Mentions: In order to perform a comprehensive study of TRIM gene expression in human primary lymphocytes and macrophages, unstimulated peripheral blood lymphocytes (PBL) and monocyte derived macrophages (MDM) from 3 donors were either left untreated or stimulated with type I IFN, type II IFN or immune complexes (IC, in the case of MDM only), as indicated in the Materials and Methods section. After RNA extraction and cDNA preparation, we screened 86 gene transcripts by real-time quantitative PCR. In addition to the 72 TRIM gene transcripts, we also analyzed the expression of a number of housekeeping genes to standardize the assays, such as PPIA (peptidylprolyl isomerase A, cyclophilin A), HPRT1 (hypoxanthine phosphoribosyltransferase 1), RPL13A (ribosomal protein L13a), GAPDH (glyceraldehyde-3-phosphate dehydrogenase) and ACTB (actin beta) (Table 1). We also included some genes whose expression is known to be either down-regulated by IFN, such as HIST4H4 (histone cluster 4, H4) or up-regulated, such as STAT1 (signal transducer and activator of transcription 1, 91kDa), EIF2AK2 (Homo sapiens eukaryotic translation initiation factor 2-alpha kinase 2, PKR), OAS2 (2′-5′-oligoadenylate synthetase 2, 69/71 kDa), MX1 (myxovirus resistance 1), ADAR (adenosine deaminase, RNA-specific), APOBEC3G and APOBEC3F (apolipoprotein B mRNA editing enzyme, catalytic polypeptide-like 3G and 3F) (Table 1) [32], [46]. Furthermore, we analyzed CSF1 (or M-CSF, Macrophage colony-stimulating factor 1) expression as a control for IC-mediated MDM activation, since we have previously shown that CSF1 expression is up-regulated following FcγR cross-linking [39]. Finally, we included internal controls to account for genomic DNA contamination, reverse transcription efficiency and PCR efficiency, in order to validate the screen and allow proper comparison between experiments. All data were analyzed using the 2−ΔΔCt method. From the collected data, we first analyzed the basal expression of the screened genes in untreated MDM and PBL. In order to compare the basal expression of each gene in lymphocytes and MDM, we normalized our values by a housekeeping gene whose expression is as similar as possible in both cell types. Toward this end, we compared the mean Ct values for each housekeeping gene in untreated MDM and PBL. As shown in Figure 2A, RPL13A presents the smallest standard deviation values among the 5 selected housekeeping genes, demonstrating that its expression was almost identical in PBL and MDM. Therefore, we used RPL13A to compare TRIM gene expression between both cell types.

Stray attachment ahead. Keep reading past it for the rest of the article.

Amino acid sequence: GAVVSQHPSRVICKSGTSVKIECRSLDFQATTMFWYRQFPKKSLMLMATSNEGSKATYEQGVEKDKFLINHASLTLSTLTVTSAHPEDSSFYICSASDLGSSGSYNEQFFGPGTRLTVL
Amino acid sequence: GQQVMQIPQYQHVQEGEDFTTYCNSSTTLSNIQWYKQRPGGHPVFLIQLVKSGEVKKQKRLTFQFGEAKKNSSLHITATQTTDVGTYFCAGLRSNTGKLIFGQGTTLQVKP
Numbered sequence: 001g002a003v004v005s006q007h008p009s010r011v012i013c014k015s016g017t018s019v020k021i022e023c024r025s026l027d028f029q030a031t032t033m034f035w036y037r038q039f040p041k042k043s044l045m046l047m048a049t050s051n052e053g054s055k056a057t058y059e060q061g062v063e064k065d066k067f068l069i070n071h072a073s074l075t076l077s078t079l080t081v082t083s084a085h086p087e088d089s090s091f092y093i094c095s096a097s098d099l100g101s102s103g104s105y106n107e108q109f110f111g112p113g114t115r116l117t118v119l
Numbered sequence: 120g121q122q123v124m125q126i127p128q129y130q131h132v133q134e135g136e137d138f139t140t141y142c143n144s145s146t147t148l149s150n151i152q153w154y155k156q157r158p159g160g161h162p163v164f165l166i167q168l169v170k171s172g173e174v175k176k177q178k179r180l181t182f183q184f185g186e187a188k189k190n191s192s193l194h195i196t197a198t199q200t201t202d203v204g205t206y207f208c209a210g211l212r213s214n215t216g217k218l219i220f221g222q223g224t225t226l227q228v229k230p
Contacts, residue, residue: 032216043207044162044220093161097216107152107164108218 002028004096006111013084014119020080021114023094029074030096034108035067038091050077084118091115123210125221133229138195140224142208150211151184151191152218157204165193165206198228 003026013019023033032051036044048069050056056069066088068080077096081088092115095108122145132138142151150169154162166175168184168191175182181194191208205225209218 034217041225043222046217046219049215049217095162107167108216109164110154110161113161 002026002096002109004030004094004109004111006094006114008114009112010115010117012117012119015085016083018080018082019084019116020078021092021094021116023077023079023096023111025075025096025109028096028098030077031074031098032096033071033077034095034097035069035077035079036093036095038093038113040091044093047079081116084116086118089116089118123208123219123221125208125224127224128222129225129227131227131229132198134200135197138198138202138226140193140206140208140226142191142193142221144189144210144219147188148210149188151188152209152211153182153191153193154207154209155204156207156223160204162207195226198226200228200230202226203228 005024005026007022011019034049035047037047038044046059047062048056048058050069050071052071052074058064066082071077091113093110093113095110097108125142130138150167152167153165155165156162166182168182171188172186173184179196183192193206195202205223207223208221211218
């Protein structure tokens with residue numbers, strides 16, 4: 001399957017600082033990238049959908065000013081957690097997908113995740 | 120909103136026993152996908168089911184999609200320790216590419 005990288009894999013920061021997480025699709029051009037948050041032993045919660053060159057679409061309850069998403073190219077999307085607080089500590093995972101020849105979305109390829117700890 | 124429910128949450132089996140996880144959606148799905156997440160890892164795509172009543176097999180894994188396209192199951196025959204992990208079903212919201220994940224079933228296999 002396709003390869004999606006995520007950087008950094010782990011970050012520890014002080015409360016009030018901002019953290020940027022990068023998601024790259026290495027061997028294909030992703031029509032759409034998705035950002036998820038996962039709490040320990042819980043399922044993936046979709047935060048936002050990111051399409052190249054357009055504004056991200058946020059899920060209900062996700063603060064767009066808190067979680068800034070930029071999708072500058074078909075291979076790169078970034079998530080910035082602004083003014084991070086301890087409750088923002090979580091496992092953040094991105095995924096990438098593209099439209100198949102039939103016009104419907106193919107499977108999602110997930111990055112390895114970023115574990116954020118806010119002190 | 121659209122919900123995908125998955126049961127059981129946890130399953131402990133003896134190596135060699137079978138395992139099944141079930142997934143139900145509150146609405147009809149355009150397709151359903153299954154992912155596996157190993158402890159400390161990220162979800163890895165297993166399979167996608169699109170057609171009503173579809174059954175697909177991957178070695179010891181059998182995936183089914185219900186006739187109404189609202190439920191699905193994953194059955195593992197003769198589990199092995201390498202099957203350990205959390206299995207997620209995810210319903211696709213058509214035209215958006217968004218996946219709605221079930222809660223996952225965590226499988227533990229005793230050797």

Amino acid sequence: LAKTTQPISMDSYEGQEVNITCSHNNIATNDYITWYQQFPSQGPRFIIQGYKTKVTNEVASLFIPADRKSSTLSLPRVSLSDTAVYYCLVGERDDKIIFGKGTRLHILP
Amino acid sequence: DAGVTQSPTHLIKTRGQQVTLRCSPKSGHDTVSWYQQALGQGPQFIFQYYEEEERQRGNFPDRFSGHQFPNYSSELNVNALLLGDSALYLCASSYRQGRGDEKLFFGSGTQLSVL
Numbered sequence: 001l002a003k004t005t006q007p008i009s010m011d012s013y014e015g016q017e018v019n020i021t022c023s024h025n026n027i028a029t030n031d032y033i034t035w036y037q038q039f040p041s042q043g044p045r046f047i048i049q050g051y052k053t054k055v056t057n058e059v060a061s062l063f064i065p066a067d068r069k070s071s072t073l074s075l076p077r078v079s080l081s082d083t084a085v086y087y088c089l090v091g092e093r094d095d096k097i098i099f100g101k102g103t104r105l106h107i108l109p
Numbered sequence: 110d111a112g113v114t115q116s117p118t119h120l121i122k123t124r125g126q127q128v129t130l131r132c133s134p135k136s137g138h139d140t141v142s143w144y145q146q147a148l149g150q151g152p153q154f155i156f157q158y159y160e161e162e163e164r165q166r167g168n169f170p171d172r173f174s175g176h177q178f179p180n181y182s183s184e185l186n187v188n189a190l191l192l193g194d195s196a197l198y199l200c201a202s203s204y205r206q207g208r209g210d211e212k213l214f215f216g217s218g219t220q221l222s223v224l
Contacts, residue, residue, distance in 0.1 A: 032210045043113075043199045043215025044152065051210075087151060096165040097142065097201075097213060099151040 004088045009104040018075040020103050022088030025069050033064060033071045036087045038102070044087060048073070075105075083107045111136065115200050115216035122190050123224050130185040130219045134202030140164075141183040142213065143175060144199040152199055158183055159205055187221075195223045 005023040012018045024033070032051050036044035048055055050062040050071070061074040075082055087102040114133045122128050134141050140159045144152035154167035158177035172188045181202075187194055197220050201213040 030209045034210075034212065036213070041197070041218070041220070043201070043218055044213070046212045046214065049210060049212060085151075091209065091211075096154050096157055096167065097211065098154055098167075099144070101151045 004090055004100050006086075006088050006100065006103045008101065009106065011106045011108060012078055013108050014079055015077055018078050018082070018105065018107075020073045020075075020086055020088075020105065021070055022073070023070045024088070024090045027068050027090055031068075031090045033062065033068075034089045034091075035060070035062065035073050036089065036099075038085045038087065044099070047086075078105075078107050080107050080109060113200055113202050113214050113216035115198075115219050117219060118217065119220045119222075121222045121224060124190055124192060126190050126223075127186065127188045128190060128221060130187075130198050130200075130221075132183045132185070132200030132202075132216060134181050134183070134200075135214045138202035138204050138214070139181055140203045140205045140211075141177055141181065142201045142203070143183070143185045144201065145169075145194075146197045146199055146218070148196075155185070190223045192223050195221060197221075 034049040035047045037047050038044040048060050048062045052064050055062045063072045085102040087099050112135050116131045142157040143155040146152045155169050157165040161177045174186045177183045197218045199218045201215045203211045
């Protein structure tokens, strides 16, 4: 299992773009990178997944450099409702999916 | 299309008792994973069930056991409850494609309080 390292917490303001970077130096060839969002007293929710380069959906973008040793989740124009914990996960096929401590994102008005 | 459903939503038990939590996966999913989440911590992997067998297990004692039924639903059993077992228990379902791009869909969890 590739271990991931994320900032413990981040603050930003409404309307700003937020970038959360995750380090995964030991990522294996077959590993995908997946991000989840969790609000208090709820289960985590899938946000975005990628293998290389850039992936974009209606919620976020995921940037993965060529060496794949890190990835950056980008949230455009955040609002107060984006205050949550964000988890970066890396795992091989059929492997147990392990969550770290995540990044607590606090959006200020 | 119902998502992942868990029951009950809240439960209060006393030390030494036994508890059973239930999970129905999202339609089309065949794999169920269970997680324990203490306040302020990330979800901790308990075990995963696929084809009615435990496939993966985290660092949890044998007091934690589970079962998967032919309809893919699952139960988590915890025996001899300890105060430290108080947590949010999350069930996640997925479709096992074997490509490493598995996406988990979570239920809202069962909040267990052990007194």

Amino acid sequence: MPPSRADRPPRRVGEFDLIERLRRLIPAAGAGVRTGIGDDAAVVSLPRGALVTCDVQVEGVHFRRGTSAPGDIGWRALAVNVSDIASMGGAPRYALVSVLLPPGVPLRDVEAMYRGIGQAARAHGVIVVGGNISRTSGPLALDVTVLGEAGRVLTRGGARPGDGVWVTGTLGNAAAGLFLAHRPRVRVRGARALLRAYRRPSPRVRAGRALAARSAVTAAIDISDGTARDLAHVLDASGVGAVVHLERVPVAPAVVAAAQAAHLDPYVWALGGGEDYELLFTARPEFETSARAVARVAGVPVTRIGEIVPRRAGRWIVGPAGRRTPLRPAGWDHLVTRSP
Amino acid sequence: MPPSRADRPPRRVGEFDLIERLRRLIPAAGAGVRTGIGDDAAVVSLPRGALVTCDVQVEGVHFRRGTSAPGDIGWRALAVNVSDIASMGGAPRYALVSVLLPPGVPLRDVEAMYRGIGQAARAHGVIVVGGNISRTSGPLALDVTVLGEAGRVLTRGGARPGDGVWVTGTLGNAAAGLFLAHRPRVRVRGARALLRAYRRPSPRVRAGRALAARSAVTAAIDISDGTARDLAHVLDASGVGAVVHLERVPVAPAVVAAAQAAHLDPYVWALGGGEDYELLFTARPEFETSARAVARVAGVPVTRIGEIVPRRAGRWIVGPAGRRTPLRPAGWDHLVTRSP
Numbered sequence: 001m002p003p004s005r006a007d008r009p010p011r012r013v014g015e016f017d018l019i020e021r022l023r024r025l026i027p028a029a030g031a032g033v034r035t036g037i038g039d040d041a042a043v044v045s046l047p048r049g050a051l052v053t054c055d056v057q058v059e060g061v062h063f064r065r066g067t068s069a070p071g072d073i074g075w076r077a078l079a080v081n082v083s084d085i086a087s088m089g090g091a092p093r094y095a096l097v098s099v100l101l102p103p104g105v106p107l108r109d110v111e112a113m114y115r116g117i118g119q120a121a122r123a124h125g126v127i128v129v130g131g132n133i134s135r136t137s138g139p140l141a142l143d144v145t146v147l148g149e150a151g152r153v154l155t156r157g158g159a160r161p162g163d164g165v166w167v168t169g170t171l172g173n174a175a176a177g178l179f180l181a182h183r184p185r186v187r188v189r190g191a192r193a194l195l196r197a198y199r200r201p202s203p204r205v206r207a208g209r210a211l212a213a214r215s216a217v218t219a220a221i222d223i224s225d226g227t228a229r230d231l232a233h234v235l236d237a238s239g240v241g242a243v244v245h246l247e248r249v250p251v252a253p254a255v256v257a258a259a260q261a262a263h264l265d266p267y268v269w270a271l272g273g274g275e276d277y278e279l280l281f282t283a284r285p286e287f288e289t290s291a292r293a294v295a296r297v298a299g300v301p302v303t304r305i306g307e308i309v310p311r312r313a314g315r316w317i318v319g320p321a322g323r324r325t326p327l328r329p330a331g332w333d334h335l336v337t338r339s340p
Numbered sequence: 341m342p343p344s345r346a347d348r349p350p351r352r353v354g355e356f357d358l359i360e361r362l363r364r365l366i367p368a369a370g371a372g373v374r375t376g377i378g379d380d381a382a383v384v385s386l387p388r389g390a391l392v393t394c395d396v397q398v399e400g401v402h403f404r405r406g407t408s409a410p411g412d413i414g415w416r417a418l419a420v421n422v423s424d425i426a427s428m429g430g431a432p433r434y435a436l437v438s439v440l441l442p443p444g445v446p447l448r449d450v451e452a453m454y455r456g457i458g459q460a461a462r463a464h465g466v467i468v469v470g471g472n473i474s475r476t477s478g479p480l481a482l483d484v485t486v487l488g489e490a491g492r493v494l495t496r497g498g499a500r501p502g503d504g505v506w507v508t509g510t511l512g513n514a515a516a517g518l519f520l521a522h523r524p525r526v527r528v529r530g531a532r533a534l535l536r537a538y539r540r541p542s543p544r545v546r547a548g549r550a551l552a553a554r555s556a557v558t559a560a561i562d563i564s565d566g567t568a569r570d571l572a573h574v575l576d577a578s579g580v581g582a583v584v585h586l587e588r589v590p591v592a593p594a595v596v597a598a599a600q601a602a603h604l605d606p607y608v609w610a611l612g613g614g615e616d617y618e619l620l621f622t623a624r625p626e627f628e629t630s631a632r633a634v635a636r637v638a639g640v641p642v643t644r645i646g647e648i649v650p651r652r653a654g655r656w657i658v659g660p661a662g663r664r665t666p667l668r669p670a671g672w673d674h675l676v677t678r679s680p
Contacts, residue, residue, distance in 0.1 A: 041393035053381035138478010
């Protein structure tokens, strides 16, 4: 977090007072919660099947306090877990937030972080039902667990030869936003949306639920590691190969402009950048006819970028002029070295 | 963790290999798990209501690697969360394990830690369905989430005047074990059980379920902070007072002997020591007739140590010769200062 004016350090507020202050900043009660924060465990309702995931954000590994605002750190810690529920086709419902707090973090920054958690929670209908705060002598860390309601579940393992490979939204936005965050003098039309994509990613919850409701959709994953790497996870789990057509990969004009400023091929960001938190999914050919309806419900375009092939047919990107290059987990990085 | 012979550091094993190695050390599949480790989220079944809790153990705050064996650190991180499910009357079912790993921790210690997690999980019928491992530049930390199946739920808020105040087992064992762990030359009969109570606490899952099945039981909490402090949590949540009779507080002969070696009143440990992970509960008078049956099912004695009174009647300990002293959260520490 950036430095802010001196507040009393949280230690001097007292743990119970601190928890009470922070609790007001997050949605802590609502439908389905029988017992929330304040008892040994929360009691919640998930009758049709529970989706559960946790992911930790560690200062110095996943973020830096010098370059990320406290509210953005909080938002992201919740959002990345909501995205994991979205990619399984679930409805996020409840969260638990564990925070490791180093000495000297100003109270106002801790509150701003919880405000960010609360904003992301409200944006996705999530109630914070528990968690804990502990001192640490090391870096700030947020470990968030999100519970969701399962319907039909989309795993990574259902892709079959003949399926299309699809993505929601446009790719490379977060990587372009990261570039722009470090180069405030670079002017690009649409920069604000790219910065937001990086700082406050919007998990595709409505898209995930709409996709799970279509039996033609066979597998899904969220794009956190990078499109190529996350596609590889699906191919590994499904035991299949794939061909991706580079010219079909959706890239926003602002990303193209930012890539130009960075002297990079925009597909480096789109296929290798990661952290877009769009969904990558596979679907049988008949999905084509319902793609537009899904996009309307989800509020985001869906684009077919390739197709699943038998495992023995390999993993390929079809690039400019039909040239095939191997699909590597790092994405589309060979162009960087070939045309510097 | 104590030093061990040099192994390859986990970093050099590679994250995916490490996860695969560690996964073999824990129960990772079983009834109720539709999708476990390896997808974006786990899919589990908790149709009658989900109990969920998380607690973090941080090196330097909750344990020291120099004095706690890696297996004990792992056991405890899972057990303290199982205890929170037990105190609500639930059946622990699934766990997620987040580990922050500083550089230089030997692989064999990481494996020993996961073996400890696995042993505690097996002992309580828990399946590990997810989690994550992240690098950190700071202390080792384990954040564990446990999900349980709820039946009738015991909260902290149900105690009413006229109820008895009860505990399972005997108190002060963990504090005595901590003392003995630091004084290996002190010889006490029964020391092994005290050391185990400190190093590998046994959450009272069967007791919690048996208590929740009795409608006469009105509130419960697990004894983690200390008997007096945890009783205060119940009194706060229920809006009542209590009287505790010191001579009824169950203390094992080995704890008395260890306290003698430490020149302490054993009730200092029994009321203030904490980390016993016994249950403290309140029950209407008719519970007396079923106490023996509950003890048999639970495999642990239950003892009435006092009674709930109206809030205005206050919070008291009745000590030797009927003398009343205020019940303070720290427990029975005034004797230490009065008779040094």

Human TRIM gene expression in response to interferons.